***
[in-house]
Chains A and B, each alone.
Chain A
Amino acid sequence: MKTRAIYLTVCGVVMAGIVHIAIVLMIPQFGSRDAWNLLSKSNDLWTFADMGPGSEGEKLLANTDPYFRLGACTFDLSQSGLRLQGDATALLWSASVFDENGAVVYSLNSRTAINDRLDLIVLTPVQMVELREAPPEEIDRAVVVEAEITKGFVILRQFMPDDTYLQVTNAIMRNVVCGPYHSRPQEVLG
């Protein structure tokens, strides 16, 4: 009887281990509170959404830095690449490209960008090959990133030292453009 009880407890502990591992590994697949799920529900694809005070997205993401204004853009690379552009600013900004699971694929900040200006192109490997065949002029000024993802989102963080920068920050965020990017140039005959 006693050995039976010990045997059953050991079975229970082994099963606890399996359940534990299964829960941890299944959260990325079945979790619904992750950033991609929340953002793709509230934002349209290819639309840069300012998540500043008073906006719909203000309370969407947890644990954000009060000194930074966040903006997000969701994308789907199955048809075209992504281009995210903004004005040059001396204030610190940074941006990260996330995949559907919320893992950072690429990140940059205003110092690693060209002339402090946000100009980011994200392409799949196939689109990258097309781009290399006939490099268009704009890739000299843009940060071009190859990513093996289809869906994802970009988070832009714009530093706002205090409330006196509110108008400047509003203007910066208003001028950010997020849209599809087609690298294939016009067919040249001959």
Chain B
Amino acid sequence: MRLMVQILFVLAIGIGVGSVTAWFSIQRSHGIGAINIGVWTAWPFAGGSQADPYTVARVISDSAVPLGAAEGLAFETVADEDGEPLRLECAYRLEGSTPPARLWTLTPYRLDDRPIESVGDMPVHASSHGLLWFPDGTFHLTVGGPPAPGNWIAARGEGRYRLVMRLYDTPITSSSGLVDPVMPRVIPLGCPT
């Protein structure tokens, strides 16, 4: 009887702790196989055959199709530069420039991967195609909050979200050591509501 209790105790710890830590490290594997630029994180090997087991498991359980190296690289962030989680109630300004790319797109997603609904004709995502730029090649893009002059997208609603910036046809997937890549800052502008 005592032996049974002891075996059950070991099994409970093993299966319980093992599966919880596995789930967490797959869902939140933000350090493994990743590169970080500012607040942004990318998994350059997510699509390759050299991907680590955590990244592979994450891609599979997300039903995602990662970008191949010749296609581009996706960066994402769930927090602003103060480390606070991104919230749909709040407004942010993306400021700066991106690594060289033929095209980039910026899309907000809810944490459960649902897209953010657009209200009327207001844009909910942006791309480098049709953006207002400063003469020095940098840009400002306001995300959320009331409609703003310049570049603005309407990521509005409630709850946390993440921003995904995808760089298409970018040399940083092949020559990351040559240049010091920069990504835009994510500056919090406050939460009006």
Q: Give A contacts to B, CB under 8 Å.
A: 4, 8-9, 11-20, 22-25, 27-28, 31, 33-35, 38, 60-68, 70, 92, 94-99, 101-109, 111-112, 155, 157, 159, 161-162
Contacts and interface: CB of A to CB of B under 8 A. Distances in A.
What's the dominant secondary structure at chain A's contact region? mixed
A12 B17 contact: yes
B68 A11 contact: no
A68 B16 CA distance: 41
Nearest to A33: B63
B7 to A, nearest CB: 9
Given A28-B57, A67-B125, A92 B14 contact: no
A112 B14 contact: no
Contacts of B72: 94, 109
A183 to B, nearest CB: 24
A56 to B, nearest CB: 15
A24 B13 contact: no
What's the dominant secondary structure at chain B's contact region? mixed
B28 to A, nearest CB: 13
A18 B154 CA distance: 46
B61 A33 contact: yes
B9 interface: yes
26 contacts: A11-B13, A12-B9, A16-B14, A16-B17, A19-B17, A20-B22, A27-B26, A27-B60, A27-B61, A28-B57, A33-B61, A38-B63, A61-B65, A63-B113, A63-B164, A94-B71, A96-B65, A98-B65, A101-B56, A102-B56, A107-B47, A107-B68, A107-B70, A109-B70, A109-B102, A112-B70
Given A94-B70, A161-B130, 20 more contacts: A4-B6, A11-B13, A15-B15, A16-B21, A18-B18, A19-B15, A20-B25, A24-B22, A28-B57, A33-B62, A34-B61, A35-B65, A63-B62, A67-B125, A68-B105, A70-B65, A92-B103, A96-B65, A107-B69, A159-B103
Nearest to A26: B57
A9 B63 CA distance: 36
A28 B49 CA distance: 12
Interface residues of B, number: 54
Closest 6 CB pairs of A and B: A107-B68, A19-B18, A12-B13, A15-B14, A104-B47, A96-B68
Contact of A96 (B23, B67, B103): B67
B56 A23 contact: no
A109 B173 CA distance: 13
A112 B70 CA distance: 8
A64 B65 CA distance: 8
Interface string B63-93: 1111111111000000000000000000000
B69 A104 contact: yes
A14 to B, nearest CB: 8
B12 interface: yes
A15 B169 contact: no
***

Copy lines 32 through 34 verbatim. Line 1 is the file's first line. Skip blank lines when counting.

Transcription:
A9 B63 CA distance: 36
A28 B49 CA distance: 12
Interface residues of B, number: 54